So initially I pitched the Wilderlands, since, for that group, there a large part of what I would be doing for that setting was created through play.  In my old 3e game, several of their characters are legends if not out and out (minor) gods, and my wife destroyed a giant robot that was rampaging through the CSIO (my co-DM used the stats for the Tarrasque) by rolling 3 20s in a row* while only level 6, ensuring both the immortality of her character and, by the collapsing of the giant robot, the destruction of large sections of that famous city.  So the changes made by player character action would, hypothetically loom large over any future Wilderlands campaigns.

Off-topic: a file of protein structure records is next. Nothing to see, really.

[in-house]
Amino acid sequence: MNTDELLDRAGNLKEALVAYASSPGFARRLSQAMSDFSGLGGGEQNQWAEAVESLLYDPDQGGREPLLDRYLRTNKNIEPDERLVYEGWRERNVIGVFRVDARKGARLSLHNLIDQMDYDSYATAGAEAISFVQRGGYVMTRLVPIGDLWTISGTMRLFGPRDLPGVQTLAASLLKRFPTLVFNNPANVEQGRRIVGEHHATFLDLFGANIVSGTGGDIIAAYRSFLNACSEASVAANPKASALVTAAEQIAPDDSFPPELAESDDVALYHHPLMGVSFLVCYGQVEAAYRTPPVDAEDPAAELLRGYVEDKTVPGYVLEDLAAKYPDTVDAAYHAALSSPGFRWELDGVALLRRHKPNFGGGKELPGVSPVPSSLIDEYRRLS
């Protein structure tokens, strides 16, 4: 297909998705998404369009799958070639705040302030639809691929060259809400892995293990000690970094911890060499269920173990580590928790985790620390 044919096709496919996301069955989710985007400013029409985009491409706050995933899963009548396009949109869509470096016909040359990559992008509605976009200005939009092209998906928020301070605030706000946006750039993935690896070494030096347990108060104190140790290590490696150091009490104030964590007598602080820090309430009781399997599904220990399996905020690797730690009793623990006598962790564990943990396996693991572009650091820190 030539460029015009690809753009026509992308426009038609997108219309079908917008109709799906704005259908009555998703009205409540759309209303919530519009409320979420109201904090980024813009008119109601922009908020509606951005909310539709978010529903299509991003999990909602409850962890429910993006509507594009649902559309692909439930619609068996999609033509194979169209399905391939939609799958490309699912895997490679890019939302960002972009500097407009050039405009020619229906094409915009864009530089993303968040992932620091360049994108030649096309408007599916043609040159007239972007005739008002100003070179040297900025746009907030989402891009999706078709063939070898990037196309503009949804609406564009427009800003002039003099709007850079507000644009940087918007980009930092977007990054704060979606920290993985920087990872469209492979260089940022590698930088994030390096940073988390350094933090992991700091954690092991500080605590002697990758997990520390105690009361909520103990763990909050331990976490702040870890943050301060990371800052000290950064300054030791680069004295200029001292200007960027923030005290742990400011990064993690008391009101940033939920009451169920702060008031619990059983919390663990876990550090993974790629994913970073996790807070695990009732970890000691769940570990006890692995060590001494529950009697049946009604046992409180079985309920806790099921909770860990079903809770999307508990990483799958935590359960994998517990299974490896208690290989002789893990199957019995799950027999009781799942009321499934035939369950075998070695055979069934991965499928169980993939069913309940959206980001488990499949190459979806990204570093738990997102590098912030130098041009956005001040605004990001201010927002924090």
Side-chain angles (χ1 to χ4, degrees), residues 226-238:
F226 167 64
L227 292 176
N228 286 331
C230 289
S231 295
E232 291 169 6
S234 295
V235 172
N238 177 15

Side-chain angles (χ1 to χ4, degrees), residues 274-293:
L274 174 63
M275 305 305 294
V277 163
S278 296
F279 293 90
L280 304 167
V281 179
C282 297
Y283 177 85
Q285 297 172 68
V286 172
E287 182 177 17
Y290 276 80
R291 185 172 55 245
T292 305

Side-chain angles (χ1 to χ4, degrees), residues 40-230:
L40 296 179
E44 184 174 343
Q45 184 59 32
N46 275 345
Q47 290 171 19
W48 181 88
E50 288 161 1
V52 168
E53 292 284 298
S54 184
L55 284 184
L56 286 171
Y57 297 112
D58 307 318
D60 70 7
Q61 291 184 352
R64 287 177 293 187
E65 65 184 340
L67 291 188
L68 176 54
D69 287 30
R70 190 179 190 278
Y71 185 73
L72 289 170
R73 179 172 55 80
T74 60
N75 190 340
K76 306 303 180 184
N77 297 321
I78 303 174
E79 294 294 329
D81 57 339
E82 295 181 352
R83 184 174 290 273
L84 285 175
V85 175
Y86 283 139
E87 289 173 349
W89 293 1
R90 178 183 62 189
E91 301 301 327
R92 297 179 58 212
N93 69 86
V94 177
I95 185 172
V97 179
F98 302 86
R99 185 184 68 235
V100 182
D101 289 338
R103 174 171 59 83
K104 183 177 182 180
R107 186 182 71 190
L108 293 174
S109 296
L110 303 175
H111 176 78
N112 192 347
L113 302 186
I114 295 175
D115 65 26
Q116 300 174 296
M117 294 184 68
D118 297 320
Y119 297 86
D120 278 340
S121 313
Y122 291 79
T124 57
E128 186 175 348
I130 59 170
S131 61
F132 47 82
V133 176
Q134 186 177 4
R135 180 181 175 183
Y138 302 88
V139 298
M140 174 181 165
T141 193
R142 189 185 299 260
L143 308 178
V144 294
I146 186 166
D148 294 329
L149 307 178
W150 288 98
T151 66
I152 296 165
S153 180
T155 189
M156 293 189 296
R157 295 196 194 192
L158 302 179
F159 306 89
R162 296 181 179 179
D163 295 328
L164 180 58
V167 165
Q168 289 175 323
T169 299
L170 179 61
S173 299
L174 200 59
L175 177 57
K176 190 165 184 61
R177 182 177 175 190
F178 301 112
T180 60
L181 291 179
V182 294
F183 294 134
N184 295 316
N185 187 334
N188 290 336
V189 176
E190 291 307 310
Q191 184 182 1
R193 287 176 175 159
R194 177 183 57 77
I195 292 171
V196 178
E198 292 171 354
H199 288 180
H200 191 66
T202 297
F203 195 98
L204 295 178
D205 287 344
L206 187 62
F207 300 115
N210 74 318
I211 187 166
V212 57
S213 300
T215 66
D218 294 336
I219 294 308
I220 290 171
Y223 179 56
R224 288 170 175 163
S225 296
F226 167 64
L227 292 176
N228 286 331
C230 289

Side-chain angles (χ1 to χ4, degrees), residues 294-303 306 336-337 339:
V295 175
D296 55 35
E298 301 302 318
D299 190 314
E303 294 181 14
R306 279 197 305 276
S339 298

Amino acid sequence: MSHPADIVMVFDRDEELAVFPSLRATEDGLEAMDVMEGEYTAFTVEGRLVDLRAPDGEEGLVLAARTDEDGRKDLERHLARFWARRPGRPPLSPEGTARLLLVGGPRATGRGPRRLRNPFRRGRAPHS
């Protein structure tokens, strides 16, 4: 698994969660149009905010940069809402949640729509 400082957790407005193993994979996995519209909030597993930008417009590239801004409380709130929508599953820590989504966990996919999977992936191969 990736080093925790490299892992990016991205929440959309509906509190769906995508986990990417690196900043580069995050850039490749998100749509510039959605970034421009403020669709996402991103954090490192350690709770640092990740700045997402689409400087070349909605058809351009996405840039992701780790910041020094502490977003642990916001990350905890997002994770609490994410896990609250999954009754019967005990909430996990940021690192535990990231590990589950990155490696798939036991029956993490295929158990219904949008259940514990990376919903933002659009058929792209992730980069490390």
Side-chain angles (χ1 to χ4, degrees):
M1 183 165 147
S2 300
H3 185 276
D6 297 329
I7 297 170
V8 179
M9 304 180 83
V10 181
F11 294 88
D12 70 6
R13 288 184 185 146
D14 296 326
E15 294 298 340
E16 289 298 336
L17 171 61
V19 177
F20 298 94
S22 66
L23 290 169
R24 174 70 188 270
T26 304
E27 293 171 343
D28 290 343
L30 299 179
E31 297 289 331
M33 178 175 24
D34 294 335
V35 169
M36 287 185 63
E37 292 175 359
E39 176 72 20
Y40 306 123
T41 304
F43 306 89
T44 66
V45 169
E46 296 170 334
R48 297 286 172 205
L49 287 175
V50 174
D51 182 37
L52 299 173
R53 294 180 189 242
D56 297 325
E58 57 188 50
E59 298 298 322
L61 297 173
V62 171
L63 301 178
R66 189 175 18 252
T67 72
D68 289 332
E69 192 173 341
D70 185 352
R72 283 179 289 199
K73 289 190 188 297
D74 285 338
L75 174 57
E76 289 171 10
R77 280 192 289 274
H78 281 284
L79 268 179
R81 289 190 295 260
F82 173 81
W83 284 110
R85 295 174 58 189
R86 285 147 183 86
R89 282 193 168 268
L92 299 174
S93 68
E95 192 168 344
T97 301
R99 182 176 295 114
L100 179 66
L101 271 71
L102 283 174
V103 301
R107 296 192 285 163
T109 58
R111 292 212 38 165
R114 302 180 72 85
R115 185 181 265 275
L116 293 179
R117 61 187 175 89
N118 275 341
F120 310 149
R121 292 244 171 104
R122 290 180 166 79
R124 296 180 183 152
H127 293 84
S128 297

But my tastes have changed since I ran the Wilderlands in college.  Back then I was primarily interested in Late Antiquity, my intellectual imagination fired by the works of Walter Goffart and Patrick Geary, not to mention Jordanes and Bede.  And while I do still clearly enjoy pre-medieval fantasy settings, my tastes, both intellectually and in terms of fantasy fiction, have turned more towards things related to the high to late Middle Ages.  I like knights and guilds and medieval depictions of the Devil and fortified manors and even the Church.  These are largely incompatible with both the Wilderlands as generally conceived, and, more importantly, the Wilderlands as it is likely remembered by my players.